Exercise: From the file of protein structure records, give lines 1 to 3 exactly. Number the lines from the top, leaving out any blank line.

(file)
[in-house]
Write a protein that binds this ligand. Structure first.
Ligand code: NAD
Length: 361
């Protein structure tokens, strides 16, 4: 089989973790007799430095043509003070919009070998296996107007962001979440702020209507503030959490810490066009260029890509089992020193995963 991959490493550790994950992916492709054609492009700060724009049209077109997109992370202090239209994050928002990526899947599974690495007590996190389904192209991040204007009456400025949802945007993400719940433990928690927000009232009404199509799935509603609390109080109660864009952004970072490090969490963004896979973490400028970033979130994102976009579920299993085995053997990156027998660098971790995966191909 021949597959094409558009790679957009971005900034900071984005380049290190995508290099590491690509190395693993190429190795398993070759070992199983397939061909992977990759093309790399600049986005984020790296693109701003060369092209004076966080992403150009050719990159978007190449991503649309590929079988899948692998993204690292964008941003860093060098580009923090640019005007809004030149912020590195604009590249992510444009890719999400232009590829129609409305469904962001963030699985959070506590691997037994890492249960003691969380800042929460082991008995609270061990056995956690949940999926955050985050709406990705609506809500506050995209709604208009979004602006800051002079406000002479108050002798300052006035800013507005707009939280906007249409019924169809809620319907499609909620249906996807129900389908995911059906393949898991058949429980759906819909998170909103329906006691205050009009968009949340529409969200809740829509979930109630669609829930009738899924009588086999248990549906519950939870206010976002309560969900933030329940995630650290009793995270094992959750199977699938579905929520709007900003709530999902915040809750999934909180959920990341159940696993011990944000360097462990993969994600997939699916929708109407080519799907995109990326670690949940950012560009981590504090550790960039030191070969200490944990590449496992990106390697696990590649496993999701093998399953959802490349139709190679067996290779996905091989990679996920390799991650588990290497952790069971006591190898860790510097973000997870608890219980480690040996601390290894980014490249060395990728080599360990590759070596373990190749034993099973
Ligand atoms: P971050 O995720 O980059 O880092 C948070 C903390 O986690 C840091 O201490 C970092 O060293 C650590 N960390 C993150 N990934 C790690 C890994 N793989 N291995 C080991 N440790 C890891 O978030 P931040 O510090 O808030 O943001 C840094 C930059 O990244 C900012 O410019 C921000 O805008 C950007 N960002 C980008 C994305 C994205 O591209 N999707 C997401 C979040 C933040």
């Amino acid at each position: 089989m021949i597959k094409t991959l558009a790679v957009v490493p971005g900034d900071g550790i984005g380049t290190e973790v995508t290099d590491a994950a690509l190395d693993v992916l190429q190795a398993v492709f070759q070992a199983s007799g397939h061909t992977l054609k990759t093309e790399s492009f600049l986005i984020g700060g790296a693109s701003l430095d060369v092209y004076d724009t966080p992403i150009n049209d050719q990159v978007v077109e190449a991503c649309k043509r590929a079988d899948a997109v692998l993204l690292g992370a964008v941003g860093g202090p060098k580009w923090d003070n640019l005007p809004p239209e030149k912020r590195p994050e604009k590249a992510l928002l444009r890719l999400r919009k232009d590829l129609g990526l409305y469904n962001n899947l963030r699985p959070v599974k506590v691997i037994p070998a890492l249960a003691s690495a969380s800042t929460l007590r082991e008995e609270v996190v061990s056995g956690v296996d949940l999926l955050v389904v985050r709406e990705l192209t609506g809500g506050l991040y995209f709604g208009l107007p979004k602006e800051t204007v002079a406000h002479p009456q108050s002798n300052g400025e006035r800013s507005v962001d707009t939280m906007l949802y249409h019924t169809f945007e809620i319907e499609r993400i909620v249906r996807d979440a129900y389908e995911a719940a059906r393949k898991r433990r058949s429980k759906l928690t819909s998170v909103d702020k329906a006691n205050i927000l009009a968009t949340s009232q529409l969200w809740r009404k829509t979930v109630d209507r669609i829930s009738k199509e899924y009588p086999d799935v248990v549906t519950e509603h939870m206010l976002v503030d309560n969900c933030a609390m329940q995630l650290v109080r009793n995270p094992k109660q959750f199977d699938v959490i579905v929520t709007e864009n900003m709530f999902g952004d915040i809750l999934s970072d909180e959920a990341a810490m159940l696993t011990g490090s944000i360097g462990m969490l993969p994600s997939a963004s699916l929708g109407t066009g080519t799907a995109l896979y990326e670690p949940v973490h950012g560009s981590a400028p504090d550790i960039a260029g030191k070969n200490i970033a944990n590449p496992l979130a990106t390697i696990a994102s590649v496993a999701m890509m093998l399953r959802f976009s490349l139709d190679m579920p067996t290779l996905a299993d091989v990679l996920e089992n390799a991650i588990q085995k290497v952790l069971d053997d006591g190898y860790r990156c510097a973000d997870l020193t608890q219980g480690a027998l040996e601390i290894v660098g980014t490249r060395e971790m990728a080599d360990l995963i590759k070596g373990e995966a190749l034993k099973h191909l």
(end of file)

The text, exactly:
[in-house]
Write a protein that binds this ligand. Structure first.
Ligand code: NAD